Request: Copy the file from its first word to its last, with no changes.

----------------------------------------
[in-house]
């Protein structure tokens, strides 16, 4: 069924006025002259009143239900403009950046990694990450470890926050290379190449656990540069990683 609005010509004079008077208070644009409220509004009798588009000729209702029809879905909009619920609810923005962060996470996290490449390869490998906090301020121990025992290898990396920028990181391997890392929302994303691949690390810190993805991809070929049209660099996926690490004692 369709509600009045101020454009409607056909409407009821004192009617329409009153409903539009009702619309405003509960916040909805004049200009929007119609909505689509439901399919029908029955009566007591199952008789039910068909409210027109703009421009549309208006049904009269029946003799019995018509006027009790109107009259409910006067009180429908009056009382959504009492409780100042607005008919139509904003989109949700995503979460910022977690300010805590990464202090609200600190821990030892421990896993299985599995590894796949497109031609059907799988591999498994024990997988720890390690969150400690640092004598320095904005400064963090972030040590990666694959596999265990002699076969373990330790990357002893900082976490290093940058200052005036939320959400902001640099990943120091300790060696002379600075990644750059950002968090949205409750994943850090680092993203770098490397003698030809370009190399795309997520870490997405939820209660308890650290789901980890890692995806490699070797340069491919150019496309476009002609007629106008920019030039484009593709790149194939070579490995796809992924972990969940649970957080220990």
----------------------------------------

[in-house]
């Protein structure tokens, strides 16, 4: 069924006025002259009143239900403009950046990694990450470890926050290379190449656990540069990683 609005010509004079008077208070644009409220509004009798588009000729209702029809879905909009619920609810923005962060996470996290490449390869490998906090301020121990025992290898990396920028990181391997890392929302994303691949690390810190993805991809070929049209660099996926690490004692 369709509600009045101020454009409607056909409407009821004192009617329409009153409903539009009702619309405003509960916040909805004049200009929007119609909505689509439901399919029908029955009566007591199952008789039910068909409210027109703009421009549309208006049904009269029946003799019995018509006027009790109107009259409910006067009180429908009056009382959504009492409780100042607005008919139509904003989109949700995503979460910022977690300010805590990464202090609200600190821990030892421990896993299985599995590894796949497109031609059907799988591999498994024990997988720890390690969150400690640092004598320095904005400064963090972030040590990666694959596999265990002699076969373990330790990357002893900082976490290093940058200052005036939320959400902001640099990943120091300790060696002379600075990644750059950002968090949205409750994943850090680092993203770098490397003698030809370009190399795309997520870490997405939820209660308890650290789901980890890692995806490699070797340069491919150019496309476009002609007629106008920019030039484009593709790149194939070579490995796809992924972990969940649970957080220990």